Distorted Gait—A Problem of Shaping

FIGURE 1 Increasing walking speed to inhibit knee buckling.

Commentary: Distorted Gait: Biomechanical Implications, Historical Reflections, and Future Directions

Steven Z. George and Mark D. Bishop

It is a great privilege to be invited to help with an introduction to this chapter of this book. Indeed, for people inspired by Wilbert Fordyce’s writings, there can be no higher honor than to have a chance to comment on the man who “started it all.” After re-reading Chapter 11 we had a similar reaction to Lorimer Moseley’s commentary. It had been some time since we revisited this foundational material and we were amazed at how clear, compelling, and valid Fordyce’s clinical observations were. As might be expected based on our shared profession, we held common viewpoints on Fordyce’s work and impact. Lorimer Moseley has very eloquently described the state of neuroscience behind many disordered movement patterns, including potentially distorted gait.

In this commentary on Chapter 11, we add to an area intentionally left underdeveloped by Lorimer Moseley, namely Fordyce’s observation that ‘It may (also) be that the distorted gait has persisted so long that a substantial skill deficit for normal gait has developed and the patient may no longer know how to walk properly.’ We will do this by providing historical reflection, expanding on biomechanical details, and identifying some areas that may be ripe for future research. It is our hope that the original chapter and observations put forth in this accompanying commentary spur future clinicians and researchers to make progress on this universally perplexing condition known as chronic pain.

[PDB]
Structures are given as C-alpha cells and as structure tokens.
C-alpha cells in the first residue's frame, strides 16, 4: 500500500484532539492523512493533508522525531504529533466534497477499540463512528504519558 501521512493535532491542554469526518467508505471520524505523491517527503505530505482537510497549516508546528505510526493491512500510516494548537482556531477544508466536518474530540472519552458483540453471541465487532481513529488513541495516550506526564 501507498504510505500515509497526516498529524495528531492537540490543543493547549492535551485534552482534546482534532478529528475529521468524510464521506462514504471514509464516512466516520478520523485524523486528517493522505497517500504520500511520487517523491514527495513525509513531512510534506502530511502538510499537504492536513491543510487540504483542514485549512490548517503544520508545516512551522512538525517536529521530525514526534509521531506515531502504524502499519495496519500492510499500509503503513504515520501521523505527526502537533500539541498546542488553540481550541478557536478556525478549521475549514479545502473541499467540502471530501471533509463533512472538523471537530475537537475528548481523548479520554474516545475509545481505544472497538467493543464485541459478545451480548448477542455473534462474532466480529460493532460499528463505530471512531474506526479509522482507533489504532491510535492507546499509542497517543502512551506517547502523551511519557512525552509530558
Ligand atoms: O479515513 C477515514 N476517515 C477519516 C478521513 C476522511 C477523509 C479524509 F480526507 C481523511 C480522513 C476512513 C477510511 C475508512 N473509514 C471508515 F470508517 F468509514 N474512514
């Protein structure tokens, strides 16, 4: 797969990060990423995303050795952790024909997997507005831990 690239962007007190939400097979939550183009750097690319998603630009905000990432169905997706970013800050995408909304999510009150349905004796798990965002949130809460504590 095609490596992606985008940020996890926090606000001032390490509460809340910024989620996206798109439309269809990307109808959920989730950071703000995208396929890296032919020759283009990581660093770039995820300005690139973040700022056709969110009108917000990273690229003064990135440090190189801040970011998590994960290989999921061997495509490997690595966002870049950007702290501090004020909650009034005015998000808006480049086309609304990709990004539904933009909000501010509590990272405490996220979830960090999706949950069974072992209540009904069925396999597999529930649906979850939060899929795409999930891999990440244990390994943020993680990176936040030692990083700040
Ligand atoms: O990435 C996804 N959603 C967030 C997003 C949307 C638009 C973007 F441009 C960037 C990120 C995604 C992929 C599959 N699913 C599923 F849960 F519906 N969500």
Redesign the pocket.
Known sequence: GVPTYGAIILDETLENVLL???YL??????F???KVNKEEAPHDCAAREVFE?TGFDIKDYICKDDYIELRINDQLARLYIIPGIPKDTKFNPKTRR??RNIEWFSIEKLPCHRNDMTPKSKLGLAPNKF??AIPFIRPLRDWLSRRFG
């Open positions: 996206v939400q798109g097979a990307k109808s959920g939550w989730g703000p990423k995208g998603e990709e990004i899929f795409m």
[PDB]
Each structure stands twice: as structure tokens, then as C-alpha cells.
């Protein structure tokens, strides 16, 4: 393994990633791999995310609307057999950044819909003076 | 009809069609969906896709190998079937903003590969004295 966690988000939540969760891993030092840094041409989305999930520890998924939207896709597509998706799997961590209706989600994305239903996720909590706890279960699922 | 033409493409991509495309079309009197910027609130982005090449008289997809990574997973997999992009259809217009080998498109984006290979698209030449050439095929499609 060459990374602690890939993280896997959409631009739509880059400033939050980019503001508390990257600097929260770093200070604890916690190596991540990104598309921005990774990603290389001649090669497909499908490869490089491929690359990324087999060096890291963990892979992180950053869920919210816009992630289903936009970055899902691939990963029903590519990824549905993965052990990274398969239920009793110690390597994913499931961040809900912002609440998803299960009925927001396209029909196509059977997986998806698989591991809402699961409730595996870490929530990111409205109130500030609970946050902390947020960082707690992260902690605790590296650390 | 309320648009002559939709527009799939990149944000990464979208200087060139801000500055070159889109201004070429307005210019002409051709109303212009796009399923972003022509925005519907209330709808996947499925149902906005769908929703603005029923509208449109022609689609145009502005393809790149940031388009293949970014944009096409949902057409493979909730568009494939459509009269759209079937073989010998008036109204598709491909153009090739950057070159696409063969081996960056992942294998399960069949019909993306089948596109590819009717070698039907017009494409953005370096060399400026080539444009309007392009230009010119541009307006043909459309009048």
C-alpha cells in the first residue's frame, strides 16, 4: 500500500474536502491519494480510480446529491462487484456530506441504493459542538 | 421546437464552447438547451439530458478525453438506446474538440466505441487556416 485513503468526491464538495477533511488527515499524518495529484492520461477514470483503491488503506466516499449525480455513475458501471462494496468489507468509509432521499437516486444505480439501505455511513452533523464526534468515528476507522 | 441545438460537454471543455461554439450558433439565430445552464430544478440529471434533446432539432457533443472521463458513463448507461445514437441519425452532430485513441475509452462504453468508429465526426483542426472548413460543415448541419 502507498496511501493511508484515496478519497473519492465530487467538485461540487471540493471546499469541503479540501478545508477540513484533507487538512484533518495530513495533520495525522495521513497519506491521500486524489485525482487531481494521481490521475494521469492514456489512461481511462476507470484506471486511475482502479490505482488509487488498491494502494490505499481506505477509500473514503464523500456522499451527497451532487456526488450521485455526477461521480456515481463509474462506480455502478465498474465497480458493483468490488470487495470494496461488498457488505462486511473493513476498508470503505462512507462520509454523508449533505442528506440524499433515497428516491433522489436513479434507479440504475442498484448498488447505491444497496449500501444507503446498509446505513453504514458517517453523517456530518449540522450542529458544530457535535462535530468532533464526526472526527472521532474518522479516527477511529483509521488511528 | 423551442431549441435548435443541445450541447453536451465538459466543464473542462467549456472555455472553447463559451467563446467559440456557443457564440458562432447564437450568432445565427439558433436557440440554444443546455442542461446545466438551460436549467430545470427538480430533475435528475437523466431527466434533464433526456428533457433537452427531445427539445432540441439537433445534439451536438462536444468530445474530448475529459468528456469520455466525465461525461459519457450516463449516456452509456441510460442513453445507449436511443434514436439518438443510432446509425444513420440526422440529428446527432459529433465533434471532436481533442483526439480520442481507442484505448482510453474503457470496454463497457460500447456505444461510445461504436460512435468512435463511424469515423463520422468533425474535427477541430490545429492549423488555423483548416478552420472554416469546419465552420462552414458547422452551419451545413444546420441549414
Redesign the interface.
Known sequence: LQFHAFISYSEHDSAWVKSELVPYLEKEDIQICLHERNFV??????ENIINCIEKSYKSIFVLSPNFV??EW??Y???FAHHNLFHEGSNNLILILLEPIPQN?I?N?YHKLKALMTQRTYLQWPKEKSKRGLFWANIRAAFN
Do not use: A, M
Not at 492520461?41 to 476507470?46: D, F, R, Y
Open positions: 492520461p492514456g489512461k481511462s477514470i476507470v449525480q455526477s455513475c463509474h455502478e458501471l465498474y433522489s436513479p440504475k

What was most striking about this chapter is how elegantly Fordyce integrated sensory, perceptual, and motor elements of pain. Interest in this integration is something that has become a research priority in the past 10–15 years but was not on the radar at the time of Fordyce’s writings. It is one thing to note that an author is “ahead of his time”, but in this particular case some dissection of exactly how far ahead of his time is warranted.

Philosophers, anatomists, and researchers have spent great time and energy deconstructing the pain experience into separate components, and then realizing how these insufficiently account for the entire experience. When one takes a historical perspective on Fordyce’s work, there is a realization that his writings were occurring at an extremely influential period in our understanding of pain. The Gate Control Theory of Pain, a ground-breaking model based on pattern recognition, had already been published and one of its many influences was to provide the neurophysiologic groundwork for the separation of the perception of pain into fundamental sensory and emotional elements. In chapter 11, Fordyce clearly acknowledges this separation, but unlike others who observed it, he did not dwell on measuring or deciphering the individual elements of pain. Instead, the solution he advocated was to focus on the consequences for motor function (i.e. limping, falling, or knee buckling) and the subsequent behavior (i.e. distorted gait).

This approach of synthesis, rather than reduction, was a noticeable contrast to what had historically occurred in the field of pain research. The culmination and genius of the chapter is Fordyce’s clear demonstration of the practical advantage of such a perspective on managing pain. Fordyce was able to offer his patients a viable and effective clinical solution that was not based on one element of the pain experience, but on all of them. Fordyce’s approach suggests that instead of targeted and focused approaches that rely on identification of primary pathways for providing pain relief, we could “start at the end” by altering resultant behaviors that no longer serve their original protective function.

The message that treatment options exist for the output of pain, rather than only having the option to modulate nociceptive input from individual causal elements was a ground breaking one. Interestingly this important message is one about which the pain research field needs constant reminding. Fordyce’s work is particularly pertinent when highly touted chronic pain “cures” focused on a single receptor or pathway inevitably fail to meet their original promise when tested in clinical settings.